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A Water Deprivation Test for the Differential Diagnosis of Polyuria

A Water Deprivation Test for the Differential Diagnosis of Polyuria A relatively simple, standardized 6 1/2 hour water deprivation test is described which adequately differentiates disorders of the neurohypophyseal-hypothalamic system from primary polydipsia. Normal subjects are characterized by an initial serum osmolality between 273 and 293 milliosmoles (mOsm) per kilogram by remarkable constancy of the serum osmolality throughout the 6 1/2 hours and by a urine-to-serum osmolality ratio of 1.9 or greater. Individuals with diabetes insipidus show loss of this homeostatic mechanism to a variable degree. All patients with diabetes insipidus demonstrate defective urinary concentrating capacity. Those patients with diabetes insipidus severe enough to require vasopressin therapy invariably show serum osmolar concentrations of 300 mOsm/kg or greater by the end of the test. Individuals with primary polydipsia demonstrate stability of serum osmolality at normal or slightly below normal levels, while urinary osmolality at the end of the test period is within normal limits. http://www.deepdyve.com/assets/images/DeepDyve-Logo-lg.png JAMA American Medical Association

A Water Deprivation Test for the Differential Diagnosis of Polyuria

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Publisher
American Medical Association
Copyright
Copyright © 1963 American Medical Association. All Rights Reserved. Applicable FARS/DFARS Restrictions Apply to Government Use.
ISSN
0098-7484
eISSN
1538-3598
DOI
10.1001/jama.1963.03060090031011
Publisher site
See Article on Publisher Site

Abstract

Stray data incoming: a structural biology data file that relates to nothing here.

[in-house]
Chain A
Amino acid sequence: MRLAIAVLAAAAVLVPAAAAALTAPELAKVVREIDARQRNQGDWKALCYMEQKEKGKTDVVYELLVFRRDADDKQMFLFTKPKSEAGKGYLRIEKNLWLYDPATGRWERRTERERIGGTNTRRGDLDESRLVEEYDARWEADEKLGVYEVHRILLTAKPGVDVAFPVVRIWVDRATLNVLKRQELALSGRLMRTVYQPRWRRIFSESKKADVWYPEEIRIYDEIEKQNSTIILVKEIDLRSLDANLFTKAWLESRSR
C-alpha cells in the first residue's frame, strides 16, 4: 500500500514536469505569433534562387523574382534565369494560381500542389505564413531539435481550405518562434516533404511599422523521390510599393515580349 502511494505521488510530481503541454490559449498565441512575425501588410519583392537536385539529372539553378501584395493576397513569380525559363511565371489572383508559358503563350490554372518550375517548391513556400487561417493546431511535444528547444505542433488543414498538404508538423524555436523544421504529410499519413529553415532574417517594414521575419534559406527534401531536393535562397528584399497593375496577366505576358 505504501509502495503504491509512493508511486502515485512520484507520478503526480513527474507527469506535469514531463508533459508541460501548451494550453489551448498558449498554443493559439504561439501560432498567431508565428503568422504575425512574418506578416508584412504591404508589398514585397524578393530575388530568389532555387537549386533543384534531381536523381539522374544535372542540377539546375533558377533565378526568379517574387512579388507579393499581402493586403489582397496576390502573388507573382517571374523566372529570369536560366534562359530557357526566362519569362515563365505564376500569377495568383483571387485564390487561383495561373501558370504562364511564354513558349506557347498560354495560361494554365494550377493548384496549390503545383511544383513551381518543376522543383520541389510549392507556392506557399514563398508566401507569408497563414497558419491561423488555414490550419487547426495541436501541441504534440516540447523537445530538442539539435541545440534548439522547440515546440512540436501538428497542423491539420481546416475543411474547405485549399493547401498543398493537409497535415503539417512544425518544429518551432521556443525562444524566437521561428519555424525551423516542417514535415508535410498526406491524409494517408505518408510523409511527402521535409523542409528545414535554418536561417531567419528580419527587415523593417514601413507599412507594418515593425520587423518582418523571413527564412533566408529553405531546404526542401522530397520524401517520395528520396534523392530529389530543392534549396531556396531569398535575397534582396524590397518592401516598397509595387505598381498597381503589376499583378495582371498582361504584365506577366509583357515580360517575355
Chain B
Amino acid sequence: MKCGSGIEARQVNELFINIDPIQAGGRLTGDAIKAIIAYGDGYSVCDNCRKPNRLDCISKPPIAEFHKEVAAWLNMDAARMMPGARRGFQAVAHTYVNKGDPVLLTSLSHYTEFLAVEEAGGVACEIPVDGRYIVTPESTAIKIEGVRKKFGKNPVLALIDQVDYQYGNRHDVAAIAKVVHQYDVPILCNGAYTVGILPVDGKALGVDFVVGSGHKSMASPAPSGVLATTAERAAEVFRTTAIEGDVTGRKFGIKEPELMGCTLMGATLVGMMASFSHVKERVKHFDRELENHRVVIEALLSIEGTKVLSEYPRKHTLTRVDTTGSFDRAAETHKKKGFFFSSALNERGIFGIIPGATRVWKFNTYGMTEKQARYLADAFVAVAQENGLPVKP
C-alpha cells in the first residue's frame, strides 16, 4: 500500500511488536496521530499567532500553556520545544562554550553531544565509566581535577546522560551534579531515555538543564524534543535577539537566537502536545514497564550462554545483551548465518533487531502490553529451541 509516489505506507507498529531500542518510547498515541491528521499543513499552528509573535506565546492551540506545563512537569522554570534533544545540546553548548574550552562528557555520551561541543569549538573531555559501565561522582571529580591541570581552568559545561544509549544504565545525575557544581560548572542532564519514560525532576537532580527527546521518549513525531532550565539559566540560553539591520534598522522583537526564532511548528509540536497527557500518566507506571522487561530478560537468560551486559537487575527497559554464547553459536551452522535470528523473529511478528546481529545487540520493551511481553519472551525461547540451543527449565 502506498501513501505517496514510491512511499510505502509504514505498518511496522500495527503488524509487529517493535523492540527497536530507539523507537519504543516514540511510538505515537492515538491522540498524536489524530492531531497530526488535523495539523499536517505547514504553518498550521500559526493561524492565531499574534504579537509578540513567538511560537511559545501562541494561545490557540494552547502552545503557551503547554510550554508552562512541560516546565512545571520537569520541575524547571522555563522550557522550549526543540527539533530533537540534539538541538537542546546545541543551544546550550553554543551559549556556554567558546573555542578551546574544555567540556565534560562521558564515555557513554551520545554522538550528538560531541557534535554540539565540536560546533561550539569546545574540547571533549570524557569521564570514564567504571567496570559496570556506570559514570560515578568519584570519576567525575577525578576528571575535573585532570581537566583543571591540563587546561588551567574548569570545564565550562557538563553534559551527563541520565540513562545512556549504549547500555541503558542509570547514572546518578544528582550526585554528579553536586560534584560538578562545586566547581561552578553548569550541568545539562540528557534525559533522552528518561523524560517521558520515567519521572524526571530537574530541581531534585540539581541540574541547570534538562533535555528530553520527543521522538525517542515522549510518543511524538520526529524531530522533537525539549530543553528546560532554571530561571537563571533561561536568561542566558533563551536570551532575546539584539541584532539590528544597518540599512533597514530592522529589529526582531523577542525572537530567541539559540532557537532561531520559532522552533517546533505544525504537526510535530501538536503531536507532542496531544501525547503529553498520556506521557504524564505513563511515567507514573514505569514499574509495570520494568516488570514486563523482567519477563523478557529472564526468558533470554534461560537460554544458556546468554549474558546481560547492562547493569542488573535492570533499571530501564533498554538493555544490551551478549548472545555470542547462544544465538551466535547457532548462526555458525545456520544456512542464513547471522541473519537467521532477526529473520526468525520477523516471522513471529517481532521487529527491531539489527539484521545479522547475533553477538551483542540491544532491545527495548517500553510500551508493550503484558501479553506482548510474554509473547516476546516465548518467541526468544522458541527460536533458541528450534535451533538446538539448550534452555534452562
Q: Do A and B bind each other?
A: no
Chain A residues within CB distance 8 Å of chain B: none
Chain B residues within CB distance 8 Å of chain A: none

A relatively simple, standardized 6 1/2 hour water deprivation test is described which adequately differentiates disorders of the neurohypophyseal-hypothalamic system from primary polydipsia. Normal subjects are characterized by an initial serum osmolality between 273 and 293 milliosmoles (mOsm) per kilogram by remarkable constancy of the serum osmolality throughout the 6 1/2 hours and by a urine-to-serum osmolality ratio of 1.9 or greater. Individuals with diabetes insipidus show loss of this homeostatic mechanism to a variable degree. All patients with diabetes insipidus demonstrate defective urinary concentrating capacity. Those patients with diabetes insipidus severe enough to require vasopressin therapy invariably show serum osmolar concentrations of 300 mOsm/kg or greater by the end of the test. Individuals with primary polydipsia demonstrate stability of serum osmolality at normal or slightly below normal levels, while urinary osmolality at the end of the test period is within normal limits.

Journal

JAMAAmerican Medical Association

Published: Aug 31, 1963

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